Pelosi unveils her ‘full program of events’ to mark Jan. 6 anniversary

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House Speaker Nancy Pelosi, D-Calif., is determined to keep the January 6 protest at the U.S. Capitol that went awry fresh on the minds of voters, and even though Congress will not be in session she is planning a “full program of events” to commemorate the one year anniversary of what the Democratic Party continues to insist was an “insurrection,” a claim fully supported by much of the national media.

And to be sure the production is not missed by the public, Pelosi said they will live-stream events and have the House historian “preserve our records.”

The speaker announced in a “Dear Colleague” memo that a prayer vigil will be held, along with a panel discussion with historians and an opportunity for members to reflect on their experiences during what she characterized as a “deadly attack.” Democrats have stuck with that theme, although it’s widely known that the only death directly attributed to events inside the Capitol was Ashli Babbitt, the 35-year-old unarmed Air Force veteran of 14 years who was shot and killed by a Capitol Police officer.

(Three other deaths that day were from medical incidents involving Trump supporters, and a fifth death occurred the following day when Capitol Police officer Brian Sicknick died after suffering two strokes.)

“Our nation will soon mark one year since the January 6th deadly attack on the United States Capitol.  While the House will not be in session that week, a number of Members have expressed interest in being involved in commemoration activities,” Pelosi wrote, before asking any members who will be in DC on January 6 to email her office.

“Already, preparations are underway for a full program of events, including a discussion among historians about the narrative of that day; an opportunity for Members to share their experiences and reflections from that day; and a prayerful vigil in the evening,” she announced. “All events will be live-streamed, so that Members can watch and participate from their districts. As always, we will continue to work with the House Historian to establish and preserve our records in this regard.”

The memo concluded, “On the heels of an historic legislative session, please accept my gratitude on behalf of the Congress and the Country for all of your hard work.  This Holiday Season, I pray that you and your loved ones have time to rest and rejoice, as well as renew your strength for the important work in the year ahead. Thank you for your determined leadership For The People.”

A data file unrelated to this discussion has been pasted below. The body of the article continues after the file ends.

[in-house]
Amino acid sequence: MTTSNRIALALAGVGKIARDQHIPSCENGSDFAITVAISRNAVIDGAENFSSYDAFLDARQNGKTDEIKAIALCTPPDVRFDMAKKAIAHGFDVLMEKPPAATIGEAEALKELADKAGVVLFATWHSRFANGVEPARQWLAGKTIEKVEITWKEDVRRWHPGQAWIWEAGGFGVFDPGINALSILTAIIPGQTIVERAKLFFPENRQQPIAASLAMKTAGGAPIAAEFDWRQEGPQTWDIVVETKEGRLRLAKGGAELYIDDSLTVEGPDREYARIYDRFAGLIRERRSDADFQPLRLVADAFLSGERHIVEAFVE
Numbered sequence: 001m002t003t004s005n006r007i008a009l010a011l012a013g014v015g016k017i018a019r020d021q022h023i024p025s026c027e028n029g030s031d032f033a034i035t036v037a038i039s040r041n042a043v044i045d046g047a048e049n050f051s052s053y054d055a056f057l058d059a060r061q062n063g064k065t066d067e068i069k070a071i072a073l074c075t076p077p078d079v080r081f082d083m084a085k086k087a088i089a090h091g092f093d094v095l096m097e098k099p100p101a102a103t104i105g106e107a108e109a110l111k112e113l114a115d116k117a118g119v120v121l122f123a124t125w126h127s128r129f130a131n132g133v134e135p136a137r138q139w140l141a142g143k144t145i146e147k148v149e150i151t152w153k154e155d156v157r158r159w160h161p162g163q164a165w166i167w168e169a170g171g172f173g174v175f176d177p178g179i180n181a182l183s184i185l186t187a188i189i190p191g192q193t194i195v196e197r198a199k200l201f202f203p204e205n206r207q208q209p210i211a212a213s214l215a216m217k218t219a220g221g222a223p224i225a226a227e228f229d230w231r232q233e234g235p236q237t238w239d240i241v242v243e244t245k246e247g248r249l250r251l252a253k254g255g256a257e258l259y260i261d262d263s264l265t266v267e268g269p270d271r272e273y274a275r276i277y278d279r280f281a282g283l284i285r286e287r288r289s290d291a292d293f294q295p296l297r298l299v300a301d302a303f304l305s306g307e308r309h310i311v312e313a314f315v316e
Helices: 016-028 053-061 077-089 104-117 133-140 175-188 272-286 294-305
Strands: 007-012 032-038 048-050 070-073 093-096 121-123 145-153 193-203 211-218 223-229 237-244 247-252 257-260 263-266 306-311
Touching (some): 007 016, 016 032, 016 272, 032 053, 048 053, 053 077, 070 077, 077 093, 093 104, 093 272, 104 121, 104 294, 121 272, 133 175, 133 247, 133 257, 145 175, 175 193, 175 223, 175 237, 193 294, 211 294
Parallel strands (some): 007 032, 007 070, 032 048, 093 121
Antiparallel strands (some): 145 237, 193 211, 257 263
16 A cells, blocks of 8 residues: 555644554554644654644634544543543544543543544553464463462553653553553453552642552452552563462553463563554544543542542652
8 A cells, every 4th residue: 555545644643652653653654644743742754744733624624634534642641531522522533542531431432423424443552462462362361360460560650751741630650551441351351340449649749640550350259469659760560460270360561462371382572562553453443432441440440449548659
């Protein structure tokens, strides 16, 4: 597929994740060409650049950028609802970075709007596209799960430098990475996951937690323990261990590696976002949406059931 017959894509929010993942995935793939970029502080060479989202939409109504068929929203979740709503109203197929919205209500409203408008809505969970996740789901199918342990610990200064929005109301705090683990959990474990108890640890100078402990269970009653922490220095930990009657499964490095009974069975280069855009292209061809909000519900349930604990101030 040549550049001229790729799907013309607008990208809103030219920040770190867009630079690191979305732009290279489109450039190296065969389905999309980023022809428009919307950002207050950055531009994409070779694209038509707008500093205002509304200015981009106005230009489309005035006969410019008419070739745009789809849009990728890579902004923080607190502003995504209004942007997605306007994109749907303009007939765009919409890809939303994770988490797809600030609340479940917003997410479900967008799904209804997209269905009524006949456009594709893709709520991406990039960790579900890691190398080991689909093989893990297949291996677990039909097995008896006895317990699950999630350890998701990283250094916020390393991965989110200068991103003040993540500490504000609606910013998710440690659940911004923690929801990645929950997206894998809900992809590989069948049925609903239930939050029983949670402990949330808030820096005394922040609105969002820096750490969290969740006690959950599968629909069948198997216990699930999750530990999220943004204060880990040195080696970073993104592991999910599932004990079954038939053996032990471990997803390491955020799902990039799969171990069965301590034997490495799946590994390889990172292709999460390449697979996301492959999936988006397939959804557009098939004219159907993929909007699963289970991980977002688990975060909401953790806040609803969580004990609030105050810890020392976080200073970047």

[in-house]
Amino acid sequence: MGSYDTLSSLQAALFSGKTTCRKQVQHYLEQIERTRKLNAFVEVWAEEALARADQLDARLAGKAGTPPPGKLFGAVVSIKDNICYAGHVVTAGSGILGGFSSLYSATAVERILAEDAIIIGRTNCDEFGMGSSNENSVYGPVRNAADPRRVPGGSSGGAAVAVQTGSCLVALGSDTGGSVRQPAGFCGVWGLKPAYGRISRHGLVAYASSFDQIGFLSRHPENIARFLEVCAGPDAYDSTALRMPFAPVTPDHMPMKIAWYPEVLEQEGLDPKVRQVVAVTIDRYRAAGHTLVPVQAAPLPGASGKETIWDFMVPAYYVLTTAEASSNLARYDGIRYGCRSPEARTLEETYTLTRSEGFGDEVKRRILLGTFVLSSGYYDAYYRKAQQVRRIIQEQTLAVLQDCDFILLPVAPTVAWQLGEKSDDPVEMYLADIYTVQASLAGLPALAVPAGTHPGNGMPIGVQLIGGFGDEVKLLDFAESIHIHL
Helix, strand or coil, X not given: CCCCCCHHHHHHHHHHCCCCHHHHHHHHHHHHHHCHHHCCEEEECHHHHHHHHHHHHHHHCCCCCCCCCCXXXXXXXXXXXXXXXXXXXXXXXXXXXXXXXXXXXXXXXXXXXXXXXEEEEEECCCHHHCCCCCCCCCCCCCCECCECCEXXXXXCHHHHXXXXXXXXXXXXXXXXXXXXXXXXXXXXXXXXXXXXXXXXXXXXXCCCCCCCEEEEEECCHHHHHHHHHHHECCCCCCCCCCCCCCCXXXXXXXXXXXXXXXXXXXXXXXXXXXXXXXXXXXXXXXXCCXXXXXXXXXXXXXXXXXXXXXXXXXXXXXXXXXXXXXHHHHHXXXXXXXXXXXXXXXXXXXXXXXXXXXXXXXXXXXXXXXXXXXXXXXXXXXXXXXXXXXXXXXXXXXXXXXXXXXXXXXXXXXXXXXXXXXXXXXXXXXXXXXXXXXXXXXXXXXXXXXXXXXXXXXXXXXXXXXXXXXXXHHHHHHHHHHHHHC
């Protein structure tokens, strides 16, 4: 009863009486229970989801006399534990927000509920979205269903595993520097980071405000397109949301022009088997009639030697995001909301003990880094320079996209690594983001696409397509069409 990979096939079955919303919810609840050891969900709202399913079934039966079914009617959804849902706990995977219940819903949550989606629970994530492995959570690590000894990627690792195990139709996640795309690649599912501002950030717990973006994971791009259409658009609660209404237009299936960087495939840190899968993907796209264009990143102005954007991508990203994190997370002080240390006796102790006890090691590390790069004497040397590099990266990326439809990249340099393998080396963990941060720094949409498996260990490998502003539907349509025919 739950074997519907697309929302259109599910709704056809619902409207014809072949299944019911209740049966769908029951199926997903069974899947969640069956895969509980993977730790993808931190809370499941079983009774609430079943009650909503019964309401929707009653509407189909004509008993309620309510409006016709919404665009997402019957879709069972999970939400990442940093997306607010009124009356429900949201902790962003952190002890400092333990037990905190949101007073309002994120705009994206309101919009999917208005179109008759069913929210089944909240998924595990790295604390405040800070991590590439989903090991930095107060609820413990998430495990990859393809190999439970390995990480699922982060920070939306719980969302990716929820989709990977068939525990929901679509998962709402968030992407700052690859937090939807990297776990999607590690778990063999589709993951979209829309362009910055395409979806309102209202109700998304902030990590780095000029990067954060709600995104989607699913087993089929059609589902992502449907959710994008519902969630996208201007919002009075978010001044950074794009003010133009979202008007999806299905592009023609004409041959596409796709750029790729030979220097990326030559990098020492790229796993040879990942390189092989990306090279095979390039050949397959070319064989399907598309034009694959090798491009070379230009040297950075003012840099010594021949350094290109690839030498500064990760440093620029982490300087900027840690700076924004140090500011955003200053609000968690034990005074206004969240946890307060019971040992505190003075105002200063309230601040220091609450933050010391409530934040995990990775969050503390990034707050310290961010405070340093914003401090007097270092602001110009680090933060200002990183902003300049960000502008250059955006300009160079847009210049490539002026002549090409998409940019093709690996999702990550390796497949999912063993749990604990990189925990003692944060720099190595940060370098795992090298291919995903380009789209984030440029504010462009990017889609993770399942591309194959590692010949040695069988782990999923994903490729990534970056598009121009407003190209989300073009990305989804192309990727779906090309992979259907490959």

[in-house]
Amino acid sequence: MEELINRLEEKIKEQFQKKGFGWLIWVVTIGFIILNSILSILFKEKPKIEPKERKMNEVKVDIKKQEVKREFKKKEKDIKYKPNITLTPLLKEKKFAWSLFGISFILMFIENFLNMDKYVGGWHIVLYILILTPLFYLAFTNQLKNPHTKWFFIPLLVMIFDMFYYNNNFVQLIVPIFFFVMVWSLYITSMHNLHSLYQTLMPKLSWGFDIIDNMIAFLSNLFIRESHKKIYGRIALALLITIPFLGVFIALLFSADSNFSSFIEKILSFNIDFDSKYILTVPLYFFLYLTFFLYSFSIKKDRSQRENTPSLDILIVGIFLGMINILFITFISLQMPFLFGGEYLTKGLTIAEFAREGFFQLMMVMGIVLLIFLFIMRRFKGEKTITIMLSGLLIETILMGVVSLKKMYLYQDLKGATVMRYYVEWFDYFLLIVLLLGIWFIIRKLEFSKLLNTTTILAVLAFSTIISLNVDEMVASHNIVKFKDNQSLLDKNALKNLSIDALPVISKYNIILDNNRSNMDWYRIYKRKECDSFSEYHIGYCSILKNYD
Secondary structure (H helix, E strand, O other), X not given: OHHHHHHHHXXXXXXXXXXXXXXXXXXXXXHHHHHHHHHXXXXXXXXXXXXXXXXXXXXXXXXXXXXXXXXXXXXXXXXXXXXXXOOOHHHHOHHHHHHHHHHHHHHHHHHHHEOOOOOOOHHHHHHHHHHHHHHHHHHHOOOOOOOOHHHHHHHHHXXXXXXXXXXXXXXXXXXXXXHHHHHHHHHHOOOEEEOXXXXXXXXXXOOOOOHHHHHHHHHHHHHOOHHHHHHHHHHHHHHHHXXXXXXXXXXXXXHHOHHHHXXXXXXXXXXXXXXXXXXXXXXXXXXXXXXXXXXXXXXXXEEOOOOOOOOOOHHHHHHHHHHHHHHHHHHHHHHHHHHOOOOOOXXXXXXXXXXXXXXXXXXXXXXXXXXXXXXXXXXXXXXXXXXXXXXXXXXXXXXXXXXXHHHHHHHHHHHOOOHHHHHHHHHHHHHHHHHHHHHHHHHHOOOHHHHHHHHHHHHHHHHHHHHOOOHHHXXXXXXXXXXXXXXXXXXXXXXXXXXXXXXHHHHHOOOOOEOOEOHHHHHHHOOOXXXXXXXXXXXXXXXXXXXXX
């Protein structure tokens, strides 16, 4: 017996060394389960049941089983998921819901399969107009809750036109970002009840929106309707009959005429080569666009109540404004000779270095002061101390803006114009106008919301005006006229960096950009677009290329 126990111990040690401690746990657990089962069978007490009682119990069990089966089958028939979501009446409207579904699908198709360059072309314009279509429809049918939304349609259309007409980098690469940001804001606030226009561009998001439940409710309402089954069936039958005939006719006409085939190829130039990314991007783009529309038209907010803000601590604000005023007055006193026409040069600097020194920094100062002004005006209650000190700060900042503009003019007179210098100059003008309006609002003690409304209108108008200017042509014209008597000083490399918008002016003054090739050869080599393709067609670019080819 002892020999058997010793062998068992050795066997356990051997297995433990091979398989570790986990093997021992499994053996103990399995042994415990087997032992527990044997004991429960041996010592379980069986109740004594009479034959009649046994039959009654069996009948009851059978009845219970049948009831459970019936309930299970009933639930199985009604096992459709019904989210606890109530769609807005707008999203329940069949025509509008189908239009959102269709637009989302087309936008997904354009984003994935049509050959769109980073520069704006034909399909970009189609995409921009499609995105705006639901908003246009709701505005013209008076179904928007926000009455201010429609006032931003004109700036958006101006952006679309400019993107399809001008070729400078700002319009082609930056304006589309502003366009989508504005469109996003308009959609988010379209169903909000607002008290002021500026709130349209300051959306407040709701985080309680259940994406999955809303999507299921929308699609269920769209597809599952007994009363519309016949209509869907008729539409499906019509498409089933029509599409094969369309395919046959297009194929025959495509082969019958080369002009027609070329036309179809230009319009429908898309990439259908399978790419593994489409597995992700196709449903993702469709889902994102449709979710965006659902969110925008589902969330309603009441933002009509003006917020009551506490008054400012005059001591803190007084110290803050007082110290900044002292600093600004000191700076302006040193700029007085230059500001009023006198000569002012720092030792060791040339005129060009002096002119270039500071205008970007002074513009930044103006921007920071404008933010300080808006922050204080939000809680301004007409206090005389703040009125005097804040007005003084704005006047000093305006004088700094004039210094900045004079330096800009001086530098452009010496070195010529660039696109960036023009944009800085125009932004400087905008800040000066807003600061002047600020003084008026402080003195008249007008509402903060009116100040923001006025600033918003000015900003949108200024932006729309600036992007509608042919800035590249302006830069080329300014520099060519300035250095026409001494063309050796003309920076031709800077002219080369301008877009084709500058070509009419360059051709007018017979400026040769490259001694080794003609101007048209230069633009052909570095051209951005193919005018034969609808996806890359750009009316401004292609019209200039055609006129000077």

Democrats have gotten maximum production from the protest that fateful day, with the FBI tracking down and arresting more than 700 people for their alleged roles in the rioting that took place — some are still being held in DC jails after being refused bail. Many of the jailed protesters have complained of the conditions they are being held in, and have alleged physical abuse. A number of them have been held in solitary confinement for extended periods of time.

Pelosi convened a Jan. 6 select committee to investigate the events of that fateful day, handpicking U.S. Reps. Liz Cheney, R-Wyo., and Adam Kinzinger, R-Ill., two notorious Trump haters, to give the politically motivated endeavor a “bipartisan” label. Cheney was quickly rewarded with a vice chair role for her full embrace of the endeavor.

Cheney generated some scandalous headlines last week when she read aloud a series of text messages sent to then-White House chief of staff Mark Meadows during the rioting at a hearing to infer culpability from former President Trump. The text messages were from Donald Trump Jr., and Fox News hosts Sean Hannity, Laura Ingraham, and Brian Kilmeade, beseeching Meadows to have Trump intervene in some manner to quell the actions of an out-of-control mob.

A little reported timeline of Trump’s actions that day showed that within 30 minutes of the building being breach he tweeted: “Please support our Capitol Police and Law Enforcement. They are truly on the side of our Country. Stay peaceful!”

On Thursday, Senate Minority Leader Mitch McConnell, R-Ky., announced that he was looking forward to seeing what the select committee produces from its probe, telling Spectrum News in an interview, “It was a horrendous event and I think what they are seeking to find out is something the public needs to know.”

The GOP leader excoriated Trump during a floor speech after the Democrats failed to impeach Trump over the protest, saying his actions “preceding the riot were a disgraceful dereliction of duty.”

Calling the protest a “disgrace, McConnell said, “They did this because they had been fed wild falsehoods by the most powerful man on Earth — because he was angry he’d lost an election.”

“There is no question that President Trump is practically and morally responsible for provoking the events of that day. The people who stormed this building believed they were acting on the wishes and instructions of their president,” McConnell said. “And their having that belief was a foreseeable consequence of the growing crescendo of false statements, conspiracy theories, and reckless hyperbole which the defeated president kept shouting into the largest megaphone on planet Earth.”

Tom Tillison


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